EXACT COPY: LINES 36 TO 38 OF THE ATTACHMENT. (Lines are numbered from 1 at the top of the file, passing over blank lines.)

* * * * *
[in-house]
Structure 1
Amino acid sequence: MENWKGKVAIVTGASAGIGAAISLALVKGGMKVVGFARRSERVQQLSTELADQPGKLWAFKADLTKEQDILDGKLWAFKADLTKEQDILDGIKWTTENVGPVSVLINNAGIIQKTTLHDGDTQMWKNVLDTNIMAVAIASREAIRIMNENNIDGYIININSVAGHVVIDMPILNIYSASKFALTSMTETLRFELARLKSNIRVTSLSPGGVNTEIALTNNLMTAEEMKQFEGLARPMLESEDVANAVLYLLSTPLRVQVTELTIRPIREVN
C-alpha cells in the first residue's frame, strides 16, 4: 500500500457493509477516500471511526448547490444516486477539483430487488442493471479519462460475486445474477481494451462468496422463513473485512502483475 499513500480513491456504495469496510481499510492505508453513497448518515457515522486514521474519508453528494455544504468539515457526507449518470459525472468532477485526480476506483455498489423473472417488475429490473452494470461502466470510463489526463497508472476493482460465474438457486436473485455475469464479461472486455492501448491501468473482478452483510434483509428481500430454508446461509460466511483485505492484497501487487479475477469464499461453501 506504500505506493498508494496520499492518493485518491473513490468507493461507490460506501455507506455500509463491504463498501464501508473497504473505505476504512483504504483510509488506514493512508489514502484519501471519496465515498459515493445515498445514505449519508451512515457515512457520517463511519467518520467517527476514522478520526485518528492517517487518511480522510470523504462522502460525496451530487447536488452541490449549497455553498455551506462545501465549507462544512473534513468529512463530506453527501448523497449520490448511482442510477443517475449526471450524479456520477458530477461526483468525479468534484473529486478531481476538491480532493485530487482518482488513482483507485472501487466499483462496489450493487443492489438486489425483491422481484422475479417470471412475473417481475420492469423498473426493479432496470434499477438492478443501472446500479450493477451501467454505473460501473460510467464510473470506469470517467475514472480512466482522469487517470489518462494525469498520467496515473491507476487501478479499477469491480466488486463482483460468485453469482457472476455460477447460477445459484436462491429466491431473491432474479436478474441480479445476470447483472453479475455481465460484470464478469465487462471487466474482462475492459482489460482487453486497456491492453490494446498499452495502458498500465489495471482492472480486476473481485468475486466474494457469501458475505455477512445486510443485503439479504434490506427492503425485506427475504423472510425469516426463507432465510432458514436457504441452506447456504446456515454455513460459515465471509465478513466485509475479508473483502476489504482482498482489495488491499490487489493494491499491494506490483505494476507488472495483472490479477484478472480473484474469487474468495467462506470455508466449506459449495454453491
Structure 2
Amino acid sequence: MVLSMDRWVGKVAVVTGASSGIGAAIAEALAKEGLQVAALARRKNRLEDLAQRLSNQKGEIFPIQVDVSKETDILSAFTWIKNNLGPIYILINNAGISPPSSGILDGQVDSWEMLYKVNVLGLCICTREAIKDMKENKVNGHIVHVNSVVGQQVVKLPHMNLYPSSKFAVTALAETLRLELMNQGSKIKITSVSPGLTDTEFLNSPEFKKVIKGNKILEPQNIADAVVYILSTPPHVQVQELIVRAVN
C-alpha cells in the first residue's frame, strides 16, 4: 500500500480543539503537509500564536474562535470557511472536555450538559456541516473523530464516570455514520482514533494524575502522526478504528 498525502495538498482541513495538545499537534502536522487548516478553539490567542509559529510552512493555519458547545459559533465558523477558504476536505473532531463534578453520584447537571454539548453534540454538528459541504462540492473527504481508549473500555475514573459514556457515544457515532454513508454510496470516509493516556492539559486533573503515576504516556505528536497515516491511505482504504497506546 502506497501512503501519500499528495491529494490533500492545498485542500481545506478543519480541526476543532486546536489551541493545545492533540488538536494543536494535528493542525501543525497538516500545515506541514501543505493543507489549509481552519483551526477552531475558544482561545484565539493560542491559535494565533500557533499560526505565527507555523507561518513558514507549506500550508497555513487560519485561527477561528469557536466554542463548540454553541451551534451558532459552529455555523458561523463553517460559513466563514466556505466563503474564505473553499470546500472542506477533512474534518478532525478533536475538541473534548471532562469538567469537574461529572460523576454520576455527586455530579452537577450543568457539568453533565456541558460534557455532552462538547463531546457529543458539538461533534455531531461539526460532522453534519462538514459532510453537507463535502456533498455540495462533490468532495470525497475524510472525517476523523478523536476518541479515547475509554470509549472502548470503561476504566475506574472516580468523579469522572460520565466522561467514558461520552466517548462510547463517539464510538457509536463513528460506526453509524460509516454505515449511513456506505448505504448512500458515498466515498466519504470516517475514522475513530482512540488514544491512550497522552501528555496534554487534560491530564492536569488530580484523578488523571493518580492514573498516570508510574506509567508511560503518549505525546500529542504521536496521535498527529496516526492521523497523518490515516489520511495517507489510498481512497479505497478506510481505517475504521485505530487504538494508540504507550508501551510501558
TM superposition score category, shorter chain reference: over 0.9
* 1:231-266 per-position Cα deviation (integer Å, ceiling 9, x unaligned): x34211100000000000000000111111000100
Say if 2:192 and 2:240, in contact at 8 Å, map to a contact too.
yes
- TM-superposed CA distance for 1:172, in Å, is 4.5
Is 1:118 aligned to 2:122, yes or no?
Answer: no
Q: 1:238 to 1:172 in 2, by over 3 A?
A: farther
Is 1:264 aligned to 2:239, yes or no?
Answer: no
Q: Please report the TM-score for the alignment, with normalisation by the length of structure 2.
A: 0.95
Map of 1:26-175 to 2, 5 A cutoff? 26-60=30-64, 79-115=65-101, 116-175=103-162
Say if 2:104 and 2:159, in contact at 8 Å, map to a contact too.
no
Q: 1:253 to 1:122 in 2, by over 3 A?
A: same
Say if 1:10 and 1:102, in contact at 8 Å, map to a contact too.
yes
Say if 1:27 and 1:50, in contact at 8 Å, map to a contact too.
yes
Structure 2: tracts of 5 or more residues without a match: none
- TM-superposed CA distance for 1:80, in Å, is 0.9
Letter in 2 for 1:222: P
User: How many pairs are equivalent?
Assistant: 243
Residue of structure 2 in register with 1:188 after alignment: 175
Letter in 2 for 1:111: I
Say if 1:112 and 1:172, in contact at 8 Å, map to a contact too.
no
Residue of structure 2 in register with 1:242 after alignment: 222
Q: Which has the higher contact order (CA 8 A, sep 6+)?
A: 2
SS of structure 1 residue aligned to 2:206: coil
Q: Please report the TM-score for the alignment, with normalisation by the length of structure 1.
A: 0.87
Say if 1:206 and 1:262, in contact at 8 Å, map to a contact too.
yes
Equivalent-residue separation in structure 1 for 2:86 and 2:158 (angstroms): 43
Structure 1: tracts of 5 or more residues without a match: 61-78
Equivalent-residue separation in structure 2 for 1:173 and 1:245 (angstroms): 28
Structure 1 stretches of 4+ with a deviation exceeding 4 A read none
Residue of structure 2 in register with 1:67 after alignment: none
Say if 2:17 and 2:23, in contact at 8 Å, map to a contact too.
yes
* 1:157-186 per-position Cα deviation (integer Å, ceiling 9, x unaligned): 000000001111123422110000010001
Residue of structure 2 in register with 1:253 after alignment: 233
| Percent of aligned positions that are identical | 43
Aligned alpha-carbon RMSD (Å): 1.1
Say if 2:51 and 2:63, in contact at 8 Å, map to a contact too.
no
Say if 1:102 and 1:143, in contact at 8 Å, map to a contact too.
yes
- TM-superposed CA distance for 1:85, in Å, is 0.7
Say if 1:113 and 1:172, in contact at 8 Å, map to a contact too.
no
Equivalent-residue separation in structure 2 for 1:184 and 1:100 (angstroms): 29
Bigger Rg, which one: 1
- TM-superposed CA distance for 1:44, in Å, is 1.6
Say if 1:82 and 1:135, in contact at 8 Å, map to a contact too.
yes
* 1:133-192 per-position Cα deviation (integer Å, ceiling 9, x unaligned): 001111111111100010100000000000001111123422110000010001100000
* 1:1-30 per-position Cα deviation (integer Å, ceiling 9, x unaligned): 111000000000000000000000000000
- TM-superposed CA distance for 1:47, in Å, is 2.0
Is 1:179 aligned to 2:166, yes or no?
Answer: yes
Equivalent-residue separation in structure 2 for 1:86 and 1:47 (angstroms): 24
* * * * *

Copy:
Letter in 2 for 1:111: I
Say if 1:112 and 1:172, in contact at 8 Å, map to a contact too.
no